Human caudate nucleus subdivisions in tinnitus modulation

J Neurosurg. 2019 Feb 8;132(3):705-711. doi: 10.3171/2018.10.JNS181659.


Objective: The object of this study was to define caudate nucleus locations responsive to intraoperative direct electrical stimulation for tinnitus loudness modulation and relate those locations to functional connectivity maps between caudate nucleus subdivisions and auditory cortex.

Methods: Six awake study participants who underwent bilateral deep brain stimulation (DBS) electrode placement in the caudate nucleus as part of a phase I clinical trial were analyzed for tinnitus modulation in response to acute stimulation at 20 locations. Resting-state 3-T functional MRI (fMRI) was used to compare connectivity strength between centroids of tinnitus loudness-reducing or loudness-nonreducing caudate locations and the auditory cortex in the 6 DBS phase I trial participants and 14 other neuroimaging participants with a Tinnitus Functional Index > 50.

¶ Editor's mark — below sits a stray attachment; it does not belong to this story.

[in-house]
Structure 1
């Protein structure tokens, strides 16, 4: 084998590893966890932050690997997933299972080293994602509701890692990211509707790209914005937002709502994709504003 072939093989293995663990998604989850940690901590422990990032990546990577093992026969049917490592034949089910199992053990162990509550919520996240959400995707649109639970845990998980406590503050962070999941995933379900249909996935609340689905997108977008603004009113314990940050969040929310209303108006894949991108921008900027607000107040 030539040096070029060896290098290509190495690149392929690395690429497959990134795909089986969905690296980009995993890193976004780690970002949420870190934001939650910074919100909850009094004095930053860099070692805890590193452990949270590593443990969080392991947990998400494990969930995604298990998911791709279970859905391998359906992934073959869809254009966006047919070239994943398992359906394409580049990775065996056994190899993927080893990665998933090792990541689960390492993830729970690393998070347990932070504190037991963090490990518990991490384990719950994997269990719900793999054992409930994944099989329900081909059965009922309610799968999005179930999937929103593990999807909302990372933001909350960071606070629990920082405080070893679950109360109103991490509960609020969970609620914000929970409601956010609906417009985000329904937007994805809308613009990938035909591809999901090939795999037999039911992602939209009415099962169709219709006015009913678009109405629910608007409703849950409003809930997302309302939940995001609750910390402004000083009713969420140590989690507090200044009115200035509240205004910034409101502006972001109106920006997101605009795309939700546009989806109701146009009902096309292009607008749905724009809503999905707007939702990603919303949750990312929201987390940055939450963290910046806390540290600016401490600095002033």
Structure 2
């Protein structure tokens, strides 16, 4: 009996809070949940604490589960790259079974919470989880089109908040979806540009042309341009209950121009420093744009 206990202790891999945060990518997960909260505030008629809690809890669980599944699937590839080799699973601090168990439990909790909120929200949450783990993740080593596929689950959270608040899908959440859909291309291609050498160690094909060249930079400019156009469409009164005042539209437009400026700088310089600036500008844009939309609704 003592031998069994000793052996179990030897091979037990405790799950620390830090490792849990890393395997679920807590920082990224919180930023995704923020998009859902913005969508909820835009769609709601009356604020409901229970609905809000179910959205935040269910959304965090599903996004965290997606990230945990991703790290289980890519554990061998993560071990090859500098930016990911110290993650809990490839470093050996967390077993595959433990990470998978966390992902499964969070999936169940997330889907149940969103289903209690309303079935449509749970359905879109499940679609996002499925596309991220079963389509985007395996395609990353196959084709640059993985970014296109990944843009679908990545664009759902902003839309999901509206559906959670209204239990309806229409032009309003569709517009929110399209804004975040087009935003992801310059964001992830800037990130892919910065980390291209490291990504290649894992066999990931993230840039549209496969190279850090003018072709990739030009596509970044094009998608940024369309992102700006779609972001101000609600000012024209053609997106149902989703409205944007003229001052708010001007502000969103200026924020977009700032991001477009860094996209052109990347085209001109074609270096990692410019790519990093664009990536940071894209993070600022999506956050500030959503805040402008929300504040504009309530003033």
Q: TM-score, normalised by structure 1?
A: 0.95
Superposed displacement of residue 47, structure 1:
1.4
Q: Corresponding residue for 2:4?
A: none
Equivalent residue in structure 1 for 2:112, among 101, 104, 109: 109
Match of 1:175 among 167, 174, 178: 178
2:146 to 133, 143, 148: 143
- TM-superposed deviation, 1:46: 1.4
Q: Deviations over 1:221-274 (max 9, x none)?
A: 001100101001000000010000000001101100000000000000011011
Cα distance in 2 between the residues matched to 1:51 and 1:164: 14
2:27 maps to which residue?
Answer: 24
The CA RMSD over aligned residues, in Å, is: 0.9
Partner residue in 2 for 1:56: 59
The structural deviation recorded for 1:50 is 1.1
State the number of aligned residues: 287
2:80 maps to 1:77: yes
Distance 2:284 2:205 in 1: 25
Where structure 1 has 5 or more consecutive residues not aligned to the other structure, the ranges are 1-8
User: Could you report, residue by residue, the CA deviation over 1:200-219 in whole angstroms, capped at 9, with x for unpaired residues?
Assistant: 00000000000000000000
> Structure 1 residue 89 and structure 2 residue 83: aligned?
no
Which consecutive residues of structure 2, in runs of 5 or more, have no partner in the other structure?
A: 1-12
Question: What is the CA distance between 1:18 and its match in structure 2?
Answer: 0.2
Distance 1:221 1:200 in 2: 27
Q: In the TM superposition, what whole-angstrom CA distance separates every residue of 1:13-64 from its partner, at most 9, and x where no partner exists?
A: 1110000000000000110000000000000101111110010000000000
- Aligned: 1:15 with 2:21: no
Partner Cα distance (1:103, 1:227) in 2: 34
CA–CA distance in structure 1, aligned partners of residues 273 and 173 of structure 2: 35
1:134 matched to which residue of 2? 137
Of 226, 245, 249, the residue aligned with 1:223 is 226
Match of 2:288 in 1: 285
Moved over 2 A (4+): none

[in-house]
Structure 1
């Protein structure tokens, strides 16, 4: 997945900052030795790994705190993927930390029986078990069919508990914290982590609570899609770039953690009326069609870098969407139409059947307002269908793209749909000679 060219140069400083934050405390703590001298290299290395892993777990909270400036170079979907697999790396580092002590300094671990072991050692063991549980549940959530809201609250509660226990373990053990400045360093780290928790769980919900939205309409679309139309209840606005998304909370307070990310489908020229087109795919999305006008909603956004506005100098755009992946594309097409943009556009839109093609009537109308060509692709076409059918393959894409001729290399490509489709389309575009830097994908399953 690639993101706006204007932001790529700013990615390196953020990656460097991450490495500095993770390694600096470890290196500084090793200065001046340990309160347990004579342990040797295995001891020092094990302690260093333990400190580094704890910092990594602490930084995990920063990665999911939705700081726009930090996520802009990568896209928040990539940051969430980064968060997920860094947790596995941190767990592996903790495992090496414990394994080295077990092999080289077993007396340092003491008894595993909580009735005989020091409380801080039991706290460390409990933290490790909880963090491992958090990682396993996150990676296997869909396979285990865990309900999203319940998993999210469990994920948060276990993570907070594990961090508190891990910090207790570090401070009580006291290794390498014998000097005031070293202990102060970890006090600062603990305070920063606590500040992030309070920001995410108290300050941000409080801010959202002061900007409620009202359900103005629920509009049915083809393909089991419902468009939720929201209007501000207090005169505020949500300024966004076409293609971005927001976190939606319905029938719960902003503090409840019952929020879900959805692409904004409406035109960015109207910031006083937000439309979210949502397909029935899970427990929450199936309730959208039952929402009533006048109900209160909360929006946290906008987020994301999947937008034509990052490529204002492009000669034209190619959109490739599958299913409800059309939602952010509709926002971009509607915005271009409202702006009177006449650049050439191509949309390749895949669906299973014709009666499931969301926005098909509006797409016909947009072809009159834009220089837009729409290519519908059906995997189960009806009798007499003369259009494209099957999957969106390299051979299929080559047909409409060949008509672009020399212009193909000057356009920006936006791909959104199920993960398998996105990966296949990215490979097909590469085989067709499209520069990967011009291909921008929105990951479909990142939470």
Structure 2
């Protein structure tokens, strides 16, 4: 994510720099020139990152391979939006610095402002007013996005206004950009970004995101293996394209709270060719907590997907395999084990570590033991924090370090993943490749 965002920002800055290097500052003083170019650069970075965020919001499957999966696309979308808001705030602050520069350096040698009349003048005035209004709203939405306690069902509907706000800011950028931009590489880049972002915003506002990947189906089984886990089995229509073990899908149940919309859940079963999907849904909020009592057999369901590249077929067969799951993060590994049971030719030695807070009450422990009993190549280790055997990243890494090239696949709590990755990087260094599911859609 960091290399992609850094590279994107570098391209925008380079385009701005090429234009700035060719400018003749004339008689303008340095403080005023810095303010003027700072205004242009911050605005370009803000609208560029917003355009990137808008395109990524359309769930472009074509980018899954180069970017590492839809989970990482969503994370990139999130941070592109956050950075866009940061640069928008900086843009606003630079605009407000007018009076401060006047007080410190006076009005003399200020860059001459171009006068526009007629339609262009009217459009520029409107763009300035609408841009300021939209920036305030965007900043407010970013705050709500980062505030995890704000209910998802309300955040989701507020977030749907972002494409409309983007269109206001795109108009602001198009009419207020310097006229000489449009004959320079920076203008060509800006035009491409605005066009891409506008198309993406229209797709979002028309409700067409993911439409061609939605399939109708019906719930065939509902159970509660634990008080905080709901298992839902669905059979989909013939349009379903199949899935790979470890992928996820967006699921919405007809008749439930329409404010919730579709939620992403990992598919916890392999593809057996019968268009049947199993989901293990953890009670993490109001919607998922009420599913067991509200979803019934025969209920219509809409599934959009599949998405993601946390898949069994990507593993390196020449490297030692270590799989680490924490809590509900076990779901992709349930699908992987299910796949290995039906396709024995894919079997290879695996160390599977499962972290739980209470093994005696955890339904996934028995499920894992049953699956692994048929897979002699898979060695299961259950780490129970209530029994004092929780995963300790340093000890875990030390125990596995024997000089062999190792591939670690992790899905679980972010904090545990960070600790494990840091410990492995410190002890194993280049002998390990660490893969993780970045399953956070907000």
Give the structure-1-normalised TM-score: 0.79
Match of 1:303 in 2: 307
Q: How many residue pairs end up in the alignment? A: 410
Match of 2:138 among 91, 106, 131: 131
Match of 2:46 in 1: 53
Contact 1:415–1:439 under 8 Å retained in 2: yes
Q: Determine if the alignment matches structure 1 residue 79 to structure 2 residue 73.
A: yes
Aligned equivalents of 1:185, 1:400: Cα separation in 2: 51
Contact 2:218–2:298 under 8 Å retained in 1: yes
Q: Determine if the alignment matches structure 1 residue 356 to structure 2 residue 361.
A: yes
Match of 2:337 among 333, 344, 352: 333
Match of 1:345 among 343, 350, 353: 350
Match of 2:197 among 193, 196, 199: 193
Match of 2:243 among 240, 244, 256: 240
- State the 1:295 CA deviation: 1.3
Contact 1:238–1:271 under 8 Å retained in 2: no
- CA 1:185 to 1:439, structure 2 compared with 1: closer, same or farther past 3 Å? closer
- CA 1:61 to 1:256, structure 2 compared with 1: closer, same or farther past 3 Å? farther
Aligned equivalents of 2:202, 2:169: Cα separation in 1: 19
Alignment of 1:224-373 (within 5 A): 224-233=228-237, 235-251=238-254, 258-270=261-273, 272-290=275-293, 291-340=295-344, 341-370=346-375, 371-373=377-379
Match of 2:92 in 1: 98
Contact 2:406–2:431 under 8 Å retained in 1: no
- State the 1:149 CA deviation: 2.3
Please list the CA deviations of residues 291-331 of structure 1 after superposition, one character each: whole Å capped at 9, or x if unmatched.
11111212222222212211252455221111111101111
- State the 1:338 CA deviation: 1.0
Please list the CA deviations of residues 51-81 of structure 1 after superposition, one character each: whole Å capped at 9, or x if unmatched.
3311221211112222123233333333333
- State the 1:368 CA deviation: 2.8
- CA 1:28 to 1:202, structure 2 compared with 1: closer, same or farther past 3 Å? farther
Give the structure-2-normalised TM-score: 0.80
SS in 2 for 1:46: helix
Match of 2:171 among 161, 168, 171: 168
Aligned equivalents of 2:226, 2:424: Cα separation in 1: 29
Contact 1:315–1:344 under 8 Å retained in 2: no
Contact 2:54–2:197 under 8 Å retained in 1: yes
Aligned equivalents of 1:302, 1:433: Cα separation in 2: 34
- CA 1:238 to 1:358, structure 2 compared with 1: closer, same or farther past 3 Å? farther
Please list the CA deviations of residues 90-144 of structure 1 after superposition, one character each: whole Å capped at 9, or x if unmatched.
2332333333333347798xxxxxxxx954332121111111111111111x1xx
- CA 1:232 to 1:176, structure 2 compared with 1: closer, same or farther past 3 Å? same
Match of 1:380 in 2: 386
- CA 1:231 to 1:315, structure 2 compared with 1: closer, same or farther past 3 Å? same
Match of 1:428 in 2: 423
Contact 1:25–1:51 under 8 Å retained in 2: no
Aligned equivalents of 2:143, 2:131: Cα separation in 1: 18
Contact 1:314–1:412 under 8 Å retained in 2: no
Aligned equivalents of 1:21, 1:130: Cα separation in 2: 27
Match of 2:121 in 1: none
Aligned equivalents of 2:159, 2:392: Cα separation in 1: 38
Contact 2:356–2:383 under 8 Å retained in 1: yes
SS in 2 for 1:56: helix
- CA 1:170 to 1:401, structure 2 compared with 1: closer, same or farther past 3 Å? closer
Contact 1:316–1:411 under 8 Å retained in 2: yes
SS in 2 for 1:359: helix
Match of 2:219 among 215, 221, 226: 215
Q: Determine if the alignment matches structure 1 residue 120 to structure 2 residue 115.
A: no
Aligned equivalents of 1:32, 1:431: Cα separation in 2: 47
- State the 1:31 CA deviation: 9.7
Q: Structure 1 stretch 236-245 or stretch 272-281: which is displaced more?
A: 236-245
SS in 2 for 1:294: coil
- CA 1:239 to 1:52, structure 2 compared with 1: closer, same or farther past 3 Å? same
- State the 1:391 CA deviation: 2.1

Results: Acute tinnitus loudness reduction was observed at 5 caudate locations, 4 positioned at the body and 1 at the head of the caudate nucleus in normalized Montreal Neurological Institute space. The remaining 15 electrical stimulation interrogations of the caudate head failed to reduce tinnitus loudness. Compared to the caudate head, the body subdivision had stronger functional connectivity to the auditory cortex on fMRI (p < 0.05).

Conclusions: Acute tinnitus loudness reduction was more readily achieved by electrical stimulation of the caudate nucleus body. Compared to the caudate head, the caudate body has stronger functional connectivity to the auditory cortex. These first-in-human findings provide insight into the functional anatomy of caudate nucleus subdivisions and may inform future target selection in a basal ganglia-centric neuromodulation approach to treat medically refractory tinnitus.Clinical trial registration no.: NCT01988688 (

Keywords: caudate nucleus; deep brain stimulation; fMRI; functional neurosurgery; resting-state functional connectivity; tinnitus.

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